Spot-Lock sets the AutoPilot apart from the competition. I pushed one button and the GPS-enabled motor turned and spun to hold the kayak in position. The biggest challenge to kayak fishing is staying in one place long enough to make a cast and retrieve a lure, using Spot-Lock I stopped the boat with one button.

Old Town doesn’t ship the AutoPilot with a battery. Instead, the customer can choose between a lead acid or lithium ion battery. The lead acid option is cheaper and easy to find in any auto parts store, while the lithium ion offers longer life and less weight.

Old Town testing shows a 100 amp-hour battery delivers up to 25 hours of service at slow speed, lasts two hours at the wide-open 10 setting, and provides a solid eight hours when used at varying speeds during a day of fishing. A lead acid battery will gradually loose power over the day while the lithium ion battery runs at full strength until the charge is depleted.

To further balance the boat and improve stability, the battery is stored in a plastic box nestled under the seat. Zooming around at over four miles per hour, I couldn’t tell I was sitting atop a 50-pound battery.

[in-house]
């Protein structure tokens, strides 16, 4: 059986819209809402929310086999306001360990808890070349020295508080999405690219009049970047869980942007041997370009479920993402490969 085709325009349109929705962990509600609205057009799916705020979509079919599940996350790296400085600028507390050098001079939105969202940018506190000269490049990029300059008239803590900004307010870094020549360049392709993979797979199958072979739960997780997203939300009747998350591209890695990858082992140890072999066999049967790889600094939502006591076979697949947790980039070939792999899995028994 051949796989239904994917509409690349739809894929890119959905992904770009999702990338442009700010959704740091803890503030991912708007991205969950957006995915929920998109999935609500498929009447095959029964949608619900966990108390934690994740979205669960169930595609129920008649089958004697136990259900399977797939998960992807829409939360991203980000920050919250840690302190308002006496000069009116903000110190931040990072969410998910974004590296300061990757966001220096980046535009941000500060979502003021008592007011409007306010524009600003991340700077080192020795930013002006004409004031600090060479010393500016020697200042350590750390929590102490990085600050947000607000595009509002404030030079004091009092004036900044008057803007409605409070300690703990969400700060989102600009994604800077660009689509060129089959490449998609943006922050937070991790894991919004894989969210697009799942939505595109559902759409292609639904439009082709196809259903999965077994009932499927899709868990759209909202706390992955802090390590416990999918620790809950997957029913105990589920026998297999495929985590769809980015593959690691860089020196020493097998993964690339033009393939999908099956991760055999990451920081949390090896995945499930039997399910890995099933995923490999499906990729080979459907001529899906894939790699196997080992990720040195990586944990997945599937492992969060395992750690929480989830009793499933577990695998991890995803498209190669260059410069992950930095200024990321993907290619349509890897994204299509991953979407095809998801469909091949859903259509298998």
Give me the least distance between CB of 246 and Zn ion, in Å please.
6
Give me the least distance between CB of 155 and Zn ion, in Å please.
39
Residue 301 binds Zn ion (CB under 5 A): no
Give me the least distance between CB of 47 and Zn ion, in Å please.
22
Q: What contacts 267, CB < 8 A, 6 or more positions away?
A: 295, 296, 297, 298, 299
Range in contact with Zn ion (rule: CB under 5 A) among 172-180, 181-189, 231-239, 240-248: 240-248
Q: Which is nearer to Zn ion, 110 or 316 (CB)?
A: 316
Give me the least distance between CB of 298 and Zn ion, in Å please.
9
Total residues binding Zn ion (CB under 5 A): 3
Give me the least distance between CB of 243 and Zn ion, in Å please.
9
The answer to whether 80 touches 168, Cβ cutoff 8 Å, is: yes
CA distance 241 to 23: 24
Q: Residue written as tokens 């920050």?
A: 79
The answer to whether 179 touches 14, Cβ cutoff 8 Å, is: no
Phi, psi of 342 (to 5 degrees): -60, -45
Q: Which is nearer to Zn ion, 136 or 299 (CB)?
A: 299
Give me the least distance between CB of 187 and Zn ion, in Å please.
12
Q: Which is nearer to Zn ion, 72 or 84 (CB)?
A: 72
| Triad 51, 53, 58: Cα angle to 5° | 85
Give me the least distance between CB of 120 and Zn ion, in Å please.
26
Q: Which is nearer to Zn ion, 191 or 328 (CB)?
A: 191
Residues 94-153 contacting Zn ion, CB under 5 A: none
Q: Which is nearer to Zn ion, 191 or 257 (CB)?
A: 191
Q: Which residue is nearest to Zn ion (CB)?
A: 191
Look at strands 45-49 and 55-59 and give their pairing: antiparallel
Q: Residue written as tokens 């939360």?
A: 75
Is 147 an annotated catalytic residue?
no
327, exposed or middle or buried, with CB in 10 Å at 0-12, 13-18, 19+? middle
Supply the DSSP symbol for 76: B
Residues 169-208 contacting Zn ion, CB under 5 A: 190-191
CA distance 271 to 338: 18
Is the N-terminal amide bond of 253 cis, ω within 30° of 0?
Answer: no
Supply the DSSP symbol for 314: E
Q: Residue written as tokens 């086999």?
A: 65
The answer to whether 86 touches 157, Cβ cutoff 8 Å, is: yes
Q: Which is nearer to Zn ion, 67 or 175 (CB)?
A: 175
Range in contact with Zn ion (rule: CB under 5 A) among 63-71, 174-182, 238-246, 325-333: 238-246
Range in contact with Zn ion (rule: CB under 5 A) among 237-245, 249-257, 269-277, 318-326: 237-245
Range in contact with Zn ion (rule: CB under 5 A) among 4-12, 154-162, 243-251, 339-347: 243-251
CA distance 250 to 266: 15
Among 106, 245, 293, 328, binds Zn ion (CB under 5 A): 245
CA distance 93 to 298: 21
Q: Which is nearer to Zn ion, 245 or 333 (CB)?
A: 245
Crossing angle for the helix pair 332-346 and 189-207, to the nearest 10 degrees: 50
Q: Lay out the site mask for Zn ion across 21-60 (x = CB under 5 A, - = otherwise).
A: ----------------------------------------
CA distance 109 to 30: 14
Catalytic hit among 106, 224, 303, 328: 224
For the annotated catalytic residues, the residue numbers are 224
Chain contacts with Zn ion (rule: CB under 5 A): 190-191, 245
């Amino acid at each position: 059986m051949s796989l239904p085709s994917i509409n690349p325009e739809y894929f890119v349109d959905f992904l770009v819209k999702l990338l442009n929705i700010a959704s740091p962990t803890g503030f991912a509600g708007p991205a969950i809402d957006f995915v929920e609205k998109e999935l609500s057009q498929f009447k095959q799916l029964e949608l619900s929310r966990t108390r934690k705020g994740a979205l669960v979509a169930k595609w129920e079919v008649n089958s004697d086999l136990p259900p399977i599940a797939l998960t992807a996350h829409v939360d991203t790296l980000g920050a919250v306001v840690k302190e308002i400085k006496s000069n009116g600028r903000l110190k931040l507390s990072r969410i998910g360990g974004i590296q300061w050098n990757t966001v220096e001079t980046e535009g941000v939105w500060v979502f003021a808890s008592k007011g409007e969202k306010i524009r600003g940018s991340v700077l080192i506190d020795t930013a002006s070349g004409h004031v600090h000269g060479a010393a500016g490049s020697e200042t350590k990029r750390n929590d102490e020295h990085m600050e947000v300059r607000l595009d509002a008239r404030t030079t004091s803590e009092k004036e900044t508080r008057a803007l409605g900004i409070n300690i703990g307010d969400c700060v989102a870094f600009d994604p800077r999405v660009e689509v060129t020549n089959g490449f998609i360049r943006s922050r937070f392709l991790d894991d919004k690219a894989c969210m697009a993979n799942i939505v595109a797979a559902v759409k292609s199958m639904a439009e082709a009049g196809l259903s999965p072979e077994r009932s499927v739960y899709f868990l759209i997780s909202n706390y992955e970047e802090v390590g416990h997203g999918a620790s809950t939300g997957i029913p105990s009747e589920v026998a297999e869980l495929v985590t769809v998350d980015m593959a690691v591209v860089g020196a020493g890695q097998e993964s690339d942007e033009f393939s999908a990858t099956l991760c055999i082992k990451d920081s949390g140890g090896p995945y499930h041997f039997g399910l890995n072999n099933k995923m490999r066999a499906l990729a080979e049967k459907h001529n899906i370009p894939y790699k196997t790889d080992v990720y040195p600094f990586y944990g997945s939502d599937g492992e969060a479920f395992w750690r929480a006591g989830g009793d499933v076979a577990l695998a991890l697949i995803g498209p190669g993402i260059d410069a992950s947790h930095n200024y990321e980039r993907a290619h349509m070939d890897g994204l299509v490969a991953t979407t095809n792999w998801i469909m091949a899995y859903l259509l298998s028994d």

The Sportsman AutoPilot’s hull is designed for motor power. A keel in the bow keeps the boat running straight while the propeller turns in a tunnel hull with pontoons on either side for rock-solid stability.

As I feared, I like the AutoPilot so much, I now own one. However, my dedication to exercise isn’t dashed, the AutoPilot comes with an insert that allows me to remove the motor and paddle the kayak. On second thought, with the awesome capability of the AutoPilot motor, I better just renew my gym membership.


This article was first published in Kayak Angler Issue 43. Subscribe to Kayak Angler’s print and digital editions here, or browse the archives here.

Set it and forget it. | Photo: Courtesy Old Town Canoe


  1. I have got a 120 pdl but would like to have a spot lock motor occasionally will they interchange if I have the wiring done for it? Also will the 120 motor swap into a 106 mk for the spot lock capability?